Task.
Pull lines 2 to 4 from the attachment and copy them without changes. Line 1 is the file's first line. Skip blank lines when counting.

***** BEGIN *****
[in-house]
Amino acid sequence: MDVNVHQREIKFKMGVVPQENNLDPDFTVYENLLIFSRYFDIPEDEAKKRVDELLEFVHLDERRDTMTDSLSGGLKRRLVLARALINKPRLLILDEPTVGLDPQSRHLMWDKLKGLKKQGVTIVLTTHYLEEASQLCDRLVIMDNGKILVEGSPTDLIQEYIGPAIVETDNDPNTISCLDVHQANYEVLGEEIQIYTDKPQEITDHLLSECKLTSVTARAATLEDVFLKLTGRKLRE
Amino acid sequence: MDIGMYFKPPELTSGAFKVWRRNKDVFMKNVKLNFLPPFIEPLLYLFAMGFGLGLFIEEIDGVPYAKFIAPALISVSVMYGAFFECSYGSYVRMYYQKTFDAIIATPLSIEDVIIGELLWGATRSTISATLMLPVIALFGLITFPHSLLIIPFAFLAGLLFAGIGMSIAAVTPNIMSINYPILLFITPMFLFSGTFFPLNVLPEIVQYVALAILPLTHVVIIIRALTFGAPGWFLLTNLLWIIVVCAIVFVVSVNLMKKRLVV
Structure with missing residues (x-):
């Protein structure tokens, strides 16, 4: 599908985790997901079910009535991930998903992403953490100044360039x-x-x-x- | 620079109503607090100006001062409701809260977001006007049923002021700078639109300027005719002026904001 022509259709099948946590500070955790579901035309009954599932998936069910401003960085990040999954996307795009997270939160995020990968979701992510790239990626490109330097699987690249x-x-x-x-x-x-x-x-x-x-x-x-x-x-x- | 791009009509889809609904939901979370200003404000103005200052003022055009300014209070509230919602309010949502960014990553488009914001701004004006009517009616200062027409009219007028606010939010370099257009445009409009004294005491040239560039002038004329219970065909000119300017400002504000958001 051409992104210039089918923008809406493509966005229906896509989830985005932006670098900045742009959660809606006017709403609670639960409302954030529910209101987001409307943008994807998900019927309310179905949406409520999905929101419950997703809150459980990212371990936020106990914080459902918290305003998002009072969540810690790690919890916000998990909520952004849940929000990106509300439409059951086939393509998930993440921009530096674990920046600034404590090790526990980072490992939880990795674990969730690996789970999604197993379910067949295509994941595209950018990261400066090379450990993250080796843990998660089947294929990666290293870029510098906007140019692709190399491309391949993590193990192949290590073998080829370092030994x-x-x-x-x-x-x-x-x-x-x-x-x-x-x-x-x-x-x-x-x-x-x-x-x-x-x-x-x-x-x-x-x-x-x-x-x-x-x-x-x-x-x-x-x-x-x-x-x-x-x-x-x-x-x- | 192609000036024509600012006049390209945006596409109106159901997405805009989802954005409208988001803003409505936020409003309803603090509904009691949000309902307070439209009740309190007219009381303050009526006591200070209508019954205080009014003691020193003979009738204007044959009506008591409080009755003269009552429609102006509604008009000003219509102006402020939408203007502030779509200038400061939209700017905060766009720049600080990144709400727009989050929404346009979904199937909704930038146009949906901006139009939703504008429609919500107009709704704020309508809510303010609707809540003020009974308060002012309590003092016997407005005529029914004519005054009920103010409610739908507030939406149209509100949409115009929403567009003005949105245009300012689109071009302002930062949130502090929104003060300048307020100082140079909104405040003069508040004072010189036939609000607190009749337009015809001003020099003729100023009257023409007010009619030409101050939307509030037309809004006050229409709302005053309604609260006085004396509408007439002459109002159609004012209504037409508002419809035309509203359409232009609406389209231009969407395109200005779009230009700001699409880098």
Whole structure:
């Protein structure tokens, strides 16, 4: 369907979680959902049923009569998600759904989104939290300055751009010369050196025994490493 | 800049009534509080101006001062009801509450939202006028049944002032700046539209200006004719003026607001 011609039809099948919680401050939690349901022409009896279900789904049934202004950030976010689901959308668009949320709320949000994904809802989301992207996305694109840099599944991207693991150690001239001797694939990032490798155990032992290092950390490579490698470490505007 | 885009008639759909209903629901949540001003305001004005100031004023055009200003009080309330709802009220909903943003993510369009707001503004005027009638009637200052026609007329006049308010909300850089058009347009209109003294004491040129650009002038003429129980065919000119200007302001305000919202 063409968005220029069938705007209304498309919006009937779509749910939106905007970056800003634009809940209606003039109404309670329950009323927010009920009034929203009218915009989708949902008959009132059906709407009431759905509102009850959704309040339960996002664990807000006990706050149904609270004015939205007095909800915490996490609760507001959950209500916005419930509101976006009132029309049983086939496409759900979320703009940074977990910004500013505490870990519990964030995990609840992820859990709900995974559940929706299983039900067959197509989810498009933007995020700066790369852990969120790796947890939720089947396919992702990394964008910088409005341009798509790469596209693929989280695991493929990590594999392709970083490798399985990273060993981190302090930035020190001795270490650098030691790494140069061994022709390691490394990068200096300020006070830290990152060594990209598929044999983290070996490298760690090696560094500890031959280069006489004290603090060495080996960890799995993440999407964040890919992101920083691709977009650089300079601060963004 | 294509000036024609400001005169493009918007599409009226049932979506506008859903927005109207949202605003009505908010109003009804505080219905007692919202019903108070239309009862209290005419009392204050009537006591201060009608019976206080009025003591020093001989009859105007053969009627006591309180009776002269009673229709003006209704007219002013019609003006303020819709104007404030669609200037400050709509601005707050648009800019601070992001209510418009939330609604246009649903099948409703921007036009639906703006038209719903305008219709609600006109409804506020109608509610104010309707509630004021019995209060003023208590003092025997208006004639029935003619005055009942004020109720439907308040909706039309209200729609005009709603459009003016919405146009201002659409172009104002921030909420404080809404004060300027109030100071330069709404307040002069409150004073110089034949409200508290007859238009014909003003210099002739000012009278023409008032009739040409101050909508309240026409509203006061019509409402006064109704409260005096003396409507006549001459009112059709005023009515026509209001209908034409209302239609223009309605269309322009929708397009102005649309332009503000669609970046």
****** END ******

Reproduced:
Amino acid sequence: MDVNVHQREIKFKMGVVPQENNLDPDFTVYENLLIFSRYFDIPEDEAKKRVDELLEFVHLDERRDTMTDSLSGGLKRRLVLARALINKPRLLILDEPTVGLDPQSRHLMWDKLKGLKKQGVTIVLTTHYLEEASQLCDRLVIMDNGKILVEGSPTDLIQEYIGPAIVETDNDPNTISCLDVHQANYEVLGEEIQIYTDKPQEITDHLLSECKLTSVTARAATLEDVFLKLTGRKLRE
Amino acid sequence: MDIGMYFKPPELTSGAFKVWRRNKDVFMKNVKLNFLPPFIEPLLYLFAMGFGLGLFIEEIDGVPYAKFIAPALISVSVMYGAFFECSYGSYVRMYYQKTFDAIIATPLSIEDVIIGELLWGATRSTISATLMLPVIALFGLITFPHSLLIIPFAFLAGLLFAGIGMSIAAVTPNIMSINYPILLFITPMFLFSGTFFPLNVLPEIVQYVALAILPLTHVVIIIRALTFGAPGWFLLTNLLWIIVVCAIVFVVSVNLMKKRLVV
Structure with missing residues (x-):